Please note:
You are in the euro|topics archive. For current articles from the European press review, please go to

Home / Index of Authors

Hastings, Max

RSS Subscribe to receive the texts of "Hastings, Max" as RSS feeds

4 articles of this author have been cited in the European Press Review so far.

Daily Mail - United Kingdom | 05/12/2013

Romanians not robbing British of their jobs

Romania's Minister of Labour Mariana Campeanu on Wednesday rejected accusations that her countrymen were taking away jobs from young Britons. As of 1 January 2014, free movement of workers within the EU will also apply to Bulgarians and Romanians. Columnist Max Hastings writes in The Daily Mail that the British should be glad that the Romanians do the jobs they themselves no longer want to do: "Our hospitals would collapse tomorrow without immigrant labour - including Romanians - because scarcely any young British person is willing to change dressings or empty bedpans. ... Only a relatively small minority of the newcomers will come to claim benefits or embark on careers in crime. Most want to live here because they can take up a host of jobs that our own young people are unwilling or unfit to do. Romania's labour minister is right: this sorry state of affairs is not her country's embarrassment, but ours."

Daily Mail - United Kingdom | 17/10/2013

Former British minister must be rehabilitated

The Plebgate affair surrounding ex-minister Andrew Mitchell has shown the British police in a bad light. After a dispute with a police officer one year ago, Mitchell was obliged to resign. It later emerged that other police officers had given false testimony against the minister. Mitchell must be rehabilitated, the conservative paper The Daily Mail demands: "As for Andrew Mitchell - he must be returned to government. Indeed, it is surprising that the Prime Minister did not effect this months ago, when it became plain he had been victimised. And the public interest demands prosecution of the officers responsible for his mistreatment. ..... An honest and respected system of law enforcement is vital to the welfare of the British people, and also to that of our many decent and hard-working policemen. Which is why the Prime Minister and the Home Secretary are right to display outrage, and to insist that change must come."

Financial Times - United Kingdom | 13/06/2012

Murdoch scandal damaging for Cameron

British Prime Minister David Cameron must give evidence this Thursday before the parliament's media ethics inquiry into the 'News of the World' phone-hacking scandal. The liberal Financial Times fears his popularity ratings will plunge even further as a result: "Had the police been doing their job - and the corruption of law enforcers matters far more than the criminal conduct of journalists - the phone-hacking scandal would have ended much sooner in criminal proceedings, rather than in the Leveson fandango, which the judge has allowed to spiral out of control. To any rational person, this affair appears minuscule compared with the storms battering Britain and the world. But it would be wrong to underrate the damage it has already inflicted on the prime minister. Revelations about his lapses of judgement weaken his authority to lead Britain, and this is no time for debilitating distractions."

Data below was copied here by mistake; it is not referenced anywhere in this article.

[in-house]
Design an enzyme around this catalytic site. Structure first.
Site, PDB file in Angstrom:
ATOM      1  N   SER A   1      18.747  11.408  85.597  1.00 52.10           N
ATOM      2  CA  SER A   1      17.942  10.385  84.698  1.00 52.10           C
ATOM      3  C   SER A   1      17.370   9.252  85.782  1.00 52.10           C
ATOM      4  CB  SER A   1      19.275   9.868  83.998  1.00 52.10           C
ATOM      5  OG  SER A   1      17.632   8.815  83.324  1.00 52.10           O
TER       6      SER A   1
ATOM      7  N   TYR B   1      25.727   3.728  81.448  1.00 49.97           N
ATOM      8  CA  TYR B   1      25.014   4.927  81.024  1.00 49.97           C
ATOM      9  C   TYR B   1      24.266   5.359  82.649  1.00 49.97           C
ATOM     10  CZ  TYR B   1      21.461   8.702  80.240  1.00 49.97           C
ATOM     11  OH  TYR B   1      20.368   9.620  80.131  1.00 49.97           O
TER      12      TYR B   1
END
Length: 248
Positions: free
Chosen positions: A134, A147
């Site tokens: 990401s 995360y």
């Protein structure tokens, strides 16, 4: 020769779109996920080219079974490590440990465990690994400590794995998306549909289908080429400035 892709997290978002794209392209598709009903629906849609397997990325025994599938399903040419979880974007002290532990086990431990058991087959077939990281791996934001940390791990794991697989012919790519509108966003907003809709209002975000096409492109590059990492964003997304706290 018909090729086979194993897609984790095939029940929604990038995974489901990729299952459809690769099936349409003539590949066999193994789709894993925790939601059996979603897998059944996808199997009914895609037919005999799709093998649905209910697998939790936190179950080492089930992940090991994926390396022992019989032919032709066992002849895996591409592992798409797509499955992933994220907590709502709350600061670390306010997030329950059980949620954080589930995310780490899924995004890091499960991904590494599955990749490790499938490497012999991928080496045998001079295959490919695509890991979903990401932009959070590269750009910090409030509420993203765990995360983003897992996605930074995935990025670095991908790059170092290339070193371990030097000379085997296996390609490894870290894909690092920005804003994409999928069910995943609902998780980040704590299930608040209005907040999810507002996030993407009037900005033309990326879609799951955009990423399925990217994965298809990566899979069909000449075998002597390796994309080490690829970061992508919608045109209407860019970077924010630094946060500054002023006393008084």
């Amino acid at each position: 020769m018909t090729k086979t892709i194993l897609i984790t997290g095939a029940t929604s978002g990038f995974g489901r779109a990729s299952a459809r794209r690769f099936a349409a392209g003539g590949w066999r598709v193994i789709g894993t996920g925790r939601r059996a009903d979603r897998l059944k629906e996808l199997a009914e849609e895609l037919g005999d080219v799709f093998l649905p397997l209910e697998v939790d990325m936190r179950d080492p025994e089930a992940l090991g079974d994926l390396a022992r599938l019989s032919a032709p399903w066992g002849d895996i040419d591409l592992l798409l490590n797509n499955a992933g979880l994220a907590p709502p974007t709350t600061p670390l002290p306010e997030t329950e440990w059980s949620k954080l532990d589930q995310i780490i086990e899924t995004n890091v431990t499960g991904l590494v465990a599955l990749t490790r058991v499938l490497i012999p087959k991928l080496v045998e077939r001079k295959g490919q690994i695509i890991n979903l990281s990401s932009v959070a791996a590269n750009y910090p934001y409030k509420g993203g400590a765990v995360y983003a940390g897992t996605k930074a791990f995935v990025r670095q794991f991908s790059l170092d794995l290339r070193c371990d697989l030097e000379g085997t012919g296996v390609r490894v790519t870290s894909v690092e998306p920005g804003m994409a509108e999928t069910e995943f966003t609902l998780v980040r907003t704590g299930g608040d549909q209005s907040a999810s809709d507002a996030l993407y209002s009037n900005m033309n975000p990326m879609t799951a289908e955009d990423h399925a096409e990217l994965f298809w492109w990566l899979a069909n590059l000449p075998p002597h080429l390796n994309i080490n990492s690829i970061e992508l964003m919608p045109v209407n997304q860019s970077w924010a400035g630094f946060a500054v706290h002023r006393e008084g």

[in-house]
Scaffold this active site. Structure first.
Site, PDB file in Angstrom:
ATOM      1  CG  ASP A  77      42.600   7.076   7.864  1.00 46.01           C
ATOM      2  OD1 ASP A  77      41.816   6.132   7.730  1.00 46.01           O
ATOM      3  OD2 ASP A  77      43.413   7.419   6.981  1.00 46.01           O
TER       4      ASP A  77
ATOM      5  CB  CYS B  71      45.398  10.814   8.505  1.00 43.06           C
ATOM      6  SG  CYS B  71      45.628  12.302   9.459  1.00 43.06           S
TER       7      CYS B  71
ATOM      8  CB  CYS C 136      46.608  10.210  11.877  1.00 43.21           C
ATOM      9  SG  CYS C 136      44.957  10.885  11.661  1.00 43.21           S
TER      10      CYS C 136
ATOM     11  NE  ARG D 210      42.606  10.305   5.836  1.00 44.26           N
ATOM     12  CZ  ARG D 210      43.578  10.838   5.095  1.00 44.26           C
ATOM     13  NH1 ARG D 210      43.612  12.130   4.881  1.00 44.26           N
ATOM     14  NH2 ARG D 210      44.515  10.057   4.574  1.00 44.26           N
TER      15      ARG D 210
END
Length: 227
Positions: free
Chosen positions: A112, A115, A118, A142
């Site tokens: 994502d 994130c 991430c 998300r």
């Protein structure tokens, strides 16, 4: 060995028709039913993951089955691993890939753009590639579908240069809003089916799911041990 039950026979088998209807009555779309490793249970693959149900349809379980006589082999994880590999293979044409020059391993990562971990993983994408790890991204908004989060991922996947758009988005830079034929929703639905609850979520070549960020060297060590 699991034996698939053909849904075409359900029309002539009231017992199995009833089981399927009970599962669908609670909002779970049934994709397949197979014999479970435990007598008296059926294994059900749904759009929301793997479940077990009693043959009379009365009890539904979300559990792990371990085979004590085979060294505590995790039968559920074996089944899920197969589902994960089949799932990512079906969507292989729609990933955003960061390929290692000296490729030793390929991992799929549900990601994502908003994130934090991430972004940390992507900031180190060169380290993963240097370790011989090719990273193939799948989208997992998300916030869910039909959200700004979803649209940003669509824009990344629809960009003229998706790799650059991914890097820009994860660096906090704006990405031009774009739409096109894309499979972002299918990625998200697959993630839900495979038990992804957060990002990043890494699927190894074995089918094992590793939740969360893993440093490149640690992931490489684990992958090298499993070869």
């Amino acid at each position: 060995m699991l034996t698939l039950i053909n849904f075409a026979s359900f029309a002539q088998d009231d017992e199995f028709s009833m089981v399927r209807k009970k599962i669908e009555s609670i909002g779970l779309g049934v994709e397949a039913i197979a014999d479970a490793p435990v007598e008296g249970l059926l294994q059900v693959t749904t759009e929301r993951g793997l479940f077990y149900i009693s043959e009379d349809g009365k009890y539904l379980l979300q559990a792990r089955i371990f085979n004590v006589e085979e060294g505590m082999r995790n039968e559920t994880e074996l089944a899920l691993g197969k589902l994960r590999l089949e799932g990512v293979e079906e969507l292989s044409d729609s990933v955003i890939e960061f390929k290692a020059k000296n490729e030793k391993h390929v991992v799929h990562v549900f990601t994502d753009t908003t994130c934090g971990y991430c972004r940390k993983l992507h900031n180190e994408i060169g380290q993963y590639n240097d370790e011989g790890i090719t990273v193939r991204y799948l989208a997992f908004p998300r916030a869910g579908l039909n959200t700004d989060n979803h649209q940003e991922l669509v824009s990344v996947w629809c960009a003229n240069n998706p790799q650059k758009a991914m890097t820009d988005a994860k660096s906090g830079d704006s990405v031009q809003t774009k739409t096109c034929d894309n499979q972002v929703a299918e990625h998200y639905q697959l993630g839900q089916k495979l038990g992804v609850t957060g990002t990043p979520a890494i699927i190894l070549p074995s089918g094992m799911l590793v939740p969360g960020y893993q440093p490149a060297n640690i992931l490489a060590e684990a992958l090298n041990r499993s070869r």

The Guardian - United Kingdom | 25/04/2006

Némirovsky WWII novel is 'antidote' to British complacency

Jewish author Irène Némirovsky died in a Nazi concentration camp after writing a novel about France under occupation. 'Suite Française' is today a bestseller in the U.K. For columnist Max Hastings, the novel is an 'antidote' to British complacency about collaboration. "'Suite Française' has prompted renewed debate about societies' conduct under occupation. Hearing a recent conversation about collaboration, I made myself unpopular by suggesting that, if Britain had succumbed to Nazi rule, our own people would have behaved pretty much as the French did. Anthony Eden is seldom quoted with respect these days. Yet the former foreign secretary made an impressive contribution to Marcel Ophüls' great film on wartime France, Le Chagrin et la Pitié. He said, in impeccable French: 'It would be impertinent for any country that has never suffered occupation to pass judgment on one that did'. Here was wisdom."

» Index of Authors

Other content